5. Dazzle shoppers by going the extra mile this Christmas

Whether shopping online or in-store, the experience that shoppers receive impacts how likely it is that they will shop with you again in the future. Delivering a top notch experience is of course of vital importance, however there is more that retailers can do to wow customers after making a sale.

Retailers can show customers that they care by offering personalized treats for loyal customers, such as free delivery on their next order or free gift wrapping. Even a gesture as small as giving a few sweets or candy canes to customers in-store or in a delivery box for an online order can impress shoppers and ensure that your store sticks in their memory.

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Jun 9, 2021

Q&A: Professor Loredana Padurean, Asia School of Business

Kate Birch
3 min
Teaching the MIT Sloan Executive Education program at Asia School of Business, Prof. Padurean talks innovation, smart skills and digital transformation

As someone who is creating Asia Pacific’s business leaders of the future, what do you believe are the essential skills leaders require?

In many ways, we need leaders who are Renaissance women/men or polymaths, as opposed to specialists of an industry or a field. A polymath is a person with profound knowledge, proficiency and expertise in multiple fields and today’s leaders have to be able to combine various ideas, look at problems in novel and useful ways, and develop a broad and yet still deep set of skills, talents, and knowledge.

You’ve coined ‘smart’ and ‘sharp’ as skills of the future. What are these?

They are replacements for ‘soft’ and ‘hard’ skills, a concept coined by a US Army doctor in 1972 who observed that his pupils had different skills: dealing with machinery required ‘hard’ skills, while dealing with people and paper were ‘soft’ skills. This concept has served us well since, but I find it too binary, not to mention the semantic implications of the words themselves.

Soft implies gentle, delicate, mild, quiet, tender, weak. However, there is nothing soft in navigating competing perspectives and cultures, handling and delivering critical feedback or dealing with office politics. Instead, I prefer to call these skills ‘smart’. Hard implies rigid, difficult, heavy, static. But how can we think of engineering or software development as static or rigid? I believe ‘sharp’ is more apt as such skills need constant updating or sharpening. 

I think it’s time to reflect on these classifications, because we can drastically change someone’s perspective by how we choose to talk about and frame something. 

How important are smart skills in leadership today?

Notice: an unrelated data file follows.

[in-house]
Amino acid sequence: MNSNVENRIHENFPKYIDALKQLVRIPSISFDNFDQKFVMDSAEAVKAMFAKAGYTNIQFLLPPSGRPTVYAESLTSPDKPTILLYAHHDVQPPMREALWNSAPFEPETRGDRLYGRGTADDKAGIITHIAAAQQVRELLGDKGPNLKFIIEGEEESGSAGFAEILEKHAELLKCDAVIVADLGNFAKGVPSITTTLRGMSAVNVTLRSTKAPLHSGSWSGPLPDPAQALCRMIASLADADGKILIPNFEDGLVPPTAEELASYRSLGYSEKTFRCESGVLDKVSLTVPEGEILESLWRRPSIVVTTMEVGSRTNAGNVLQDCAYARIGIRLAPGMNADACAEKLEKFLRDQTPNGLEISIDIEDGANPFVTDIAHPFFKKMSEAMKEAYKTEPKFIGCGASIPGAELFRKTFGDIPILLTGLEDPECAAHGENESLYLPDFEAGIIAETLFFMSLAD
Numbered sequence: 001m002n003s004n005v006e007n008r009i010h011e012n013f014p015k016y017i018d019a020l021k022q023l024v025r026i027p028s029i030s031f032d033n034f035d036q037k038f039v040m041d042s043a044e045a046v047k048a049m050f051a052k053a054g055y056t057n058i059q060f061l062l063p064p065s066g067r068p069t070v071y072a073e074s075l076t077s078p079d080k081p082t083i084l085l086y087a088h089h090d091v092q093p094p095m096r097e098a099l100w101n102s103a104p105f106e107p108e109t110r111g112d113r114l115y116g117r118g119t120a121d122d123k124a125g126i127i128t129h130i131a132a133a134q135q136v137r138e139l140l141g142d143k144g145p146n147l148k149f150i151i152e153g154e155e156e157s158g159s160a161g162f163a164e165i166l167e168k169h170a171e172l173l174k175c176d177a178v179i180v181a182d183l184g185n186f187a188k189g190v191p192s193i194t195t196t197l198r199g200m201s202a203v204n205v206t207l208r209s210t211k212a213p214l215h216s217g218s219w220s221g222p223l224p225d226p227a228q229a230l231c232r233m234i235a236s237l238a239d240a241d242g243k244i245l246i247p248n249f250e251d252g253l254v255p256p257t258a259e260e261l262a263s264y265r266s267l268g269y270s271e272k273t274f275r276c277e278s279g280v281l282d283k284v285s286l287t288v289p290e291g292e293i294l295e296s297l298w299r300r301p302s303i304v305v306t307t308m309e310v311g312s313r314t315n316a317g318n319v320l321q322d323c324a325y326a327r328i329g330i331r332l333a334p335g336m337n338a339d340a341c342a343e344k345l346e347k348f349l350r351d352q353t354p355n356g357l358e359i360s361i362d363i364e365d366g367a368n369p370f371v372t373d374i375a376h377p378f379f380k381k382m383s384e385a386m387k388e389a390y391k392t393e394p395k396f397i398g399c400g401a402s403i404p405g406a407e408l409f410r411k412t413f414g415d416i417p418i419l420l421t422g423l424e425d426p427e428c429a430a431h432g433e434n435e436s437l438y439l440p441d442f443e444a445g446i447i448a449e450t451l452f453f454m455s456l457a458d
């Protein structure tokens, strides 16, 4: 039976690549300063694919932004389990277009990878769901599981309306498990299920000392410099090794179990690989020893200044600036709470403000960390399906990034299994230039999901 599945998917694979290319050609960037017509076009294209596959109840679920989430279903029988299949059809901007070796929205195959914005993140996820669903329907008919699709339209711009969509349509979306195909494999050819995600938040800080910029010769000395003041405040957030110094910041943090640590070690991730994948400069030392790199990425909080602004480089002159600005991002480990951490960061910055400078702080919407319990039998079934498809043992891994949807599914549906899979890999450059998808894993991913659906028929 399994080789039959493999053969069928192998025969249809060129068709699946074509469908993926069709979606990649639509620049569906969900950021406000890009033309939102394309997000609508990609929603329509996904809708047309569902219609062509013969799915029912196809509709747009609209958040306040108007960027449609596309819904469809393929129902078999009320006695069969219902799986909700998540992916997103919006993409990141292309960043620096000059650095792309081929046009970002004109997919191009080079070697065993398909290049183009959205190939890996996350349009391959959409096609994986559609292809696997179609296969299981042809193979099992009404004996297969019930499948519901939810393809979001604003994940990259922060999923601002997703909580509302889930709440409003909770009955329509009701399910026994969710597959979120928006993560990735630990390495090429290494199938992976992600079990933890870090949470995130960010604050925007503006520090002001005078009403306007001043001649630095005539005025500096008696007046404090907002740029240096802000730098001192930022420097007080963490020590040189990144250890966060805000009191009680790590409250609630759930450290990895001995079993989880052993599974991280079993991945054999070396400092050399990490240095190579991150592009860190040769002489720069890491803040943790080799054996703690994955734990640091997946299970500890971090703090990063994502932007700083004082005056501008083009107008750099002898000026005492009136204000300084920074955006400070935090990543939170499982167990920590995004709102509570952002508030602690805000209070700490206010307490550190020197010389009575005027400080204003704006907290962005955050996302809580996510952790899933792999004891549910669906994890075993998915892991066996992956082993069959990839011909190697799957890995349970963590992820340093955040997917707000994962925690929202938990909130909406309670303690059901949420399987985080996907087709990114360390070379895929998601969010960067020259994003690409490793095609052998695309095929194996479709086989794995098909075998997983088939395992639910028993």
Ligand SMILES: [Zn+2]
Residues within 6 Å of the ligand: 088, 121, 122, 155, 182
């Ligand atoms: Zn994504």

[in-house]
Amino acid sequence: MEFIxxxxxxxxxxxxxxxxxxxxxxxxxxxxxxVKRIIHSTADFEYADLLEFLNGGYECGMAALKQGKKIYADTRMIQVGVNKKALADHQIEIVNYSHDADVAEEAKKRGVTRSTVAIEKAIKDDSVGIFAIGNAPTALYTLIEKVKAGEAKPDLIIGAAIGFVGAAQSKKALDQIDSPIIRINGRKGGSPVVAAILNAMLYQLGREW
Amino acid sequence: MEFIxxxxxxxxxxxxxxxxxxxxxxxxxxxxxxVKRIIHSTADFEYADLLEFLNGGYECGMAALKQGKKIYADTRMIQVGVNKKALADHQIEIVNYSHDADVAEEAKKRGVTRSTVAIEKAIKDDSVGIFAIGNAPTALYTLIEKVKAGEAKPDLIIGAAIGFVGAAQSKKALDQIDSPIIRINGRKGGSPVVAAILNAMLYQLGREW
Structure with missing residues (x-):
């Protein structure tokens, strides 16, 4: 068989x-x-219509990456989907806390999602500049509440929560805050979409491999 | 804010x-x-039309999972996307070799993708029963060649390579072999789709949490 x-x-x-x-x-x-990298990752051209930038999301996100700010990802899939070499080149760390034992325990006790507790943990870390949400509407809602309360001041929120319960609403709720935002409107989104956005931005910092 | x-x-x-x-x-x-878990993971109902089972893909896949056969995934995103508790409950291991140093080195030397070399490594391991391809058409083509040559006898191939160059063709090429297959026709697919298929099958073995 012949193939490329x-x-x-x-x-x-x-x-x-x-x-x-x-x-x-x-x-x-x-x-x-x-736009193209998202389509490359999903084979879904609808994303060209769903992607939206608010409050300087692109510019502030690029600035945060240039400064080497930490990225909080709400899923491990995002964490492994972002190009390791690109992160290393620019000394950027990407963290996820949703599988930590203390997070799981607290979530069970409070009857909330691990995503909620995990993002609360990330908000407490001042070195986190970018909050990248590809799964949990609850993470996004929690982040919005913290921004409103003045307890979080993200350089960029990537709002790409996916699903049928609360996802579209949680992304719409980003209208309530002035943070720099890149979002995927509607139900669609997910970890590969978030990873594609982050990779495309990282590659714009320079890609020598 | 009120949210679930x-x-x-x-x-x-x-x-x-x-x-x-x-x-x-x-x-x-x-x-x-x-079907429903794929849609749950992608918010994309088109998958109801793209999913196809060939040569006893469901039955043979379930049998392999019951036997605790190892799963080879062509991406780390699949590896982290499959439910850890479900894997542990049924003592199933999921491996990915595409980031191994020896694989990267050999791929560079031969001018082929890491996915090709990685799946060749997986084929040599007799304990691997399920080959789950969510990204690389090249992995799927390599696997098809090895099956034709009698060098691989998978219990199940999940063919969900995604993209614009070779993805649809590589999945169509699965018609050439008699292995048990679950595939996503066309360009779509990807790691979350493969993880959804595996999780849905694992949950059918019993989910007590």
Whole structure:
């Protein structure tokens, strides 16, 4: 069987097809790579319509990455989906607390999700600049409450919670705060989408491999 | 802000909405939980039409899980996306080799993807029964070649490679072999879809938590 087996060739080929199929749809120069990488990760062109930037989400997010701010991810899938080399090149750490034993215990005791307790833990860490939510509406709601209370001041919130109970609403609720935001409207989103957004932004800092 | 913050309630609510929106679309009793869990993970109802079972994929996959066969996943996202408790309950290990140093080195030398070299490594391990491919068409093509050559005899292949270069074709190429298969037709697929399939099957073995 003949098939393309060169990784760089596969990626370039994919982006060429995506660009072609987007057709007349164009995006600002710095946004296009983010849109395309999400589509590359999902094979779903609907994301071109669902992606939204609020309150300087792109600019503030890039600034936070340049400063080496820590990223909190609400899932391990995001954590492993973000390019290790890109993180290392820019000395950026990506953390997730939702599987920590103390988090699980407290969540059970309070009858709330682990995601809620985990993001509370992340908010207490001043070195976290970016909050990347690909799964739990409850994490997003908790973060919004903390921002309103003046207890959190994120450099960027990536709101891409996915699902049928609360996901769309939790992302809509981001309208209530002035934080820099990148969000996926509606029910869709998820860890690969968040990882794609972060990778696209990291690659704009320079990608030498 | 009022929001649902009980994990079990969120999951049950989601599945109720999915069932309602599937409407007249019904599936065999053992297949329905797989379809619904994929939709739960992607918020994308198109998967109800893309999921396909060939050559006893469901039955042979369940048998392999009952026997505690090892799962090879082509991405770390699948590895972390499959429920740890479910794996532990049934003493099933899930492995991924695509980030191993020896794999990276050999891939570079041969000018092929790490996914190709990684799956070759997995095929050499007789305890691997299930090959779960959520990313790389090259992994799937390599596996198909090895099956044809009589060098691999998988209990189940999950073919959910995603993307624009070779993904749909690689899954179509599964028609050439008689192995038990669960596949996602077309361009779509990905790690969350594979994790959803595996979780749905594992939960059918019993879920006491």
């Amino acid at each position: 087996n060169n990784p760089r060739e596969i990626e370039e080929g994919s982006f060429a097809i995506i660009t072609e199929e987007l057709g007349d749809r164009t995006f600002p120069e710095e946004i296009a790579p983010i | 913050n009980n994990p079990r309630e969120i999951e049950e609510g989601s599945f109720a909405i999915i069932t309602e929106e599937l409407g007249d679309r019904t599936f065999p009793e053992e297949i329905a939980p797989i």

Smart skills are more important than ever because we live in a world of extreme diversity: generational, ethical, value-based, gender, etc. Gone are the days when giving an order was an effective act of leadership. I personally work with people from five different continents and across five different generations, therefore as leaders, we need to know how to adapt, motivate, inspire and connect. We need to increase our investment in learning about them in action, especially as smart skills are more difficult to develop.

I believe that a successful leader today has to be both smart and sharp. Take cognitive readiness, one of my top 10 smart skills. In order to be cognitive ready, one has to master system dynamics, one of my top 10 sharp skills. Also, did you know that one of the primary reasons why digital transformation fails is not the absence of digital literacy, a sharp skill, but the need for more validation and adaptability, both smart skills. So, instead of thinking of these skills as binary, I prefer to think of them as the yin and yang; co-existing and complementing each other. 

So, you can teach leaders smart skills then?

Yes, you can, via a combination of the classroom experience, plus an action component supported by deeply embedded reflection. At ASB we call this Action Learning, and we teach it both in the MBA and in the executive programs. For example, in teaching a leader emotional maturity as a smart skill, first they need to learn what it is, and then act on it, before reflecting on what we did and how we did it. And then to repeat it, but this time with more expertise and awareness. It’s not easy, but that’s why my favourite mantra is ‘the job is easy, the people are not’. 

Discover Professor Padurean's successful skills for a digital transformation here